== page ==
What I would propose, and indeed what I would write myself, would be the character of Harvey Dent becoming morally polarized. Instead of obsessing over duos and plurals I would see the character perseverate upon duality and plurality. A talented man well versed in law now jaded with an easily manipulated system Harvey Dent, Two-Face, would lose the ability to see moral ambiguity forsaking any shades of grey and becoming a force of his own brand of justice. I see Two-Face not as a lawman turned bank robber but rather as the deputized establishment gone renegade. Two-Face the Vigilante, Two-Face the Punisher; not Two-Face the coin flipping pun, not Two-Face the plot gag.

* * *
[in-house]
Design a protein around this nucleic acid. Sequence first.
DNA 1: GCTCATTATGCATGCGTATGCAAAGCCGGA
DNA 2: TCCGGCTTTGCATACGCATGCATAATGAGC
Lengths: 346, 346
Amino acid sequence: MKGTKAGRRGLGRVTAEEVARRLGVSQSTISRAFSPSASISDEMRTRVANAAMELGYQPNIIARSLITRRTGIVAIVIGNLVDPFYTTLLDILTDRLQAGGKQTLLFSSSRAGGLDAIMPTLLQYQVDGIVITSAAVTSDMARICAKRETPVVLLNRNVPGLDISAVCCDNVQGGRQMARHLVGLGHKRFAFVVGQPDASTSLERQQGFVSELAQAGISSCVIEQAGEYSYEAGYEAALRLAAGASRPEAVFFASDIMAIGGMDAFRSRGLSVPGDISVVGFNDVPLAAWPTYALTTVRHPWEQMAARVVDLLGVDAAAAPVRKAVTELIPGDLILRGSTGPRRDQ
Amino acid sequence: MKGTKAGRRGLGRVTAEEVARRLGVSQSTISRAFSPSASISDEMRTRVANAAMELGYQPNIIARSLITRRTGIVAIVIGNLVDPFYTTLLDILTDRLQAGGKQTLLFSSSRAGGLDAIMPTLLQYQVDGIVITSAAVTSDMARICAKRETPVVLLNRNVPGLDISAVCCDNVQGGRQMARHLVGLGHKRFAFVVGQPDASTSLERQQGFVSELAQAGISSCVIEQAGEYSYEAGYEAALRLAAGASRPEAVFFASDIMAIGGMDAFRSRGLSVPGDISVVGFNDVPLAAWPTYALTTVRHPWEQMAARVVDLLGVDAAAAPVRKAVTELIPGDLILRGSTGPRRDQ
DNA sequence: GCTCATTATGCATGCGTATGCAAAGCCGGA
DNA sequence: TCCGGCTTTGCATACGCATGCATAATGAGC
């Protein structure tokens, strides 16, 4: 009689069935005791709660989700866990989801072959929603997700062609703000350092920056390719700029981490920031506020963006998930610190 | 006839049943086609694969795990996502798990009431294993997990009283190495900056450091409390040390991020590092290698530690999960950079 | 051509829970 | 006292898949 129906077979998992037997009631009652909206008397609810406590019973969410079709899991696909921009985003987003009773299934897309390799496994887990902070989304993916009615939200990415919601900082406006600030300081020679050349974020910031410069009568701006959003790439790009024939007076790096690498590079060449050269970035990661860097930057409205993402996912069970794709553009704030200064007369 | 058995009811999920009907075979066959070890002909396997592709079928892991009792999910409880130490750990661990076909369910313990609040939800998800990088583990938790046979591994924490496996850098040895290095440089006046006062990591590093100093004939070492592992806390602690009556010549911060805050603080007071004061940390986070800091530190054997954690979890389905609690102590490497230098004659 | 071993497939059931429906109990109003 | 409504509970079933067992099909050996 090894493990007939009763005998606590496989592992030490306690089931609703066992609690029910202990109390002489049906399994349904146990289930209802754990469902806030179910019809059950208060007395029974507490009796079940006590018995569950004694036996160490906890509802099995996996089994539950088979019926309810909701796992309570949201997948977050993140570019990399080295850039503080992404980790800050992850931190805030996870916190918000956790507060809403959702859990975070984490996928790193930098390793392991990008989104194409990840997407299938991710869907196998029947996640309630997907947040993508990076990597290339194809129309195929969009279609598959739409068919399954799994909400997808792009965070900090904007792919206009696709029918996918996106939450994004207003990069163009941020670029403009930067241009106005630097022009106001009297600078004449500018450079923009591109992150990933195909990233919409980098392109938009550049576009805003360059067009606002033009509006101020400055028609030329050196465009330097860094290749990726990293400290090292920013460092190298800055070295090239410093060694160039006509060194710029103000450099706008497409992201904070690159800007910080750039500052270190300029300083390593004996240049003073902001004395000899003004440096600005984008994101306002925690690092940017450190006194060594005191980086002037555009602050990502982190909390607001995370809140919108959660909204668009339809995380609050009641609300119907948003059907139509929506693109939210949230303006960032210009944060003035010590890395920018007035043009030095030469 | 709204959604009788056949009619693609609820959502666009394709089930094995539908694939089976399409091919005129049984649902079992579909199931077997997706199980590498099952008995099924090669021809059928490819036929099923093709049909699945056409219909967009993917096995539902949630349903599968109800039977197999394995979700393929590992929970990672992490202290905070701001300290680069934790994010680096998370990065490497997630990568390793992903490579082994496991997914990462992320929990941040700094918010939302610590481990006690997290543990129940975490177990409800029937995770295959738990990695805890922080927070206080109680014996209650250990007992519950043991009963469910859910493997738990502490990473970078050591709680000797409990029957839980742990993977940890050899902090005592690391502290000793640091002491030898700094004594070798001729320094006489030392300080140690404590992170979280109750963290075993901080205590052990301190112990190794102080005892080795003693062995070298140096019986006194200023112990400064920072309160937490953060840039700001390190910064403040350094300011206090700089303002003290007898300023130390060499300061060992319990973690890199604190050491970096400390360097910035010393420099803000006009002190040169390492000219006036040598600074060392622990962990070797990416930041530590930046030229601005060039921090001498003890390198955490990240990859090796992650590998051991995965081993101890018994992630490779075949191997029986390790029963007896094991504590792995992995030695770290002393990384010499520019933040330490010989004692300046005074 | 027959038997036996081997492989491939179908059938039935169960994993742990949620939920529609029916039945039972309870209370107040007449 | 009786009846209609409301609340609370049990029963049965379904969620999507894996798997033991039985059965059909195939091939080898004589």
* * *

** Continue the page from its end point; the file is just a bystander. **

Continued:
Close examination of television and movie depictions of the character reveal this potential as well. My first encounters with the character come from the Batman: The Animated Series cartoon of the early 90’s. This was a capable and confident Two-Face; a man who did justice to his own history insofar as his competence as a criminal and an intellect. He was, for lack of a better term, a boss. He came on strong, bold, with a clear plan and expectation for what it is that he wished to accomplish—certainly many of his decisions hinged on the flip of a coin but, without taking anything away from that particular idiosyncratic trait, remember this was also a children’s cartoon. The Paul Dini/Bruce Timm Two-Face is a strong character that, at least in the onset of the series, is not so terribly over the top (given the medium) that he could be discounted as a serious threat.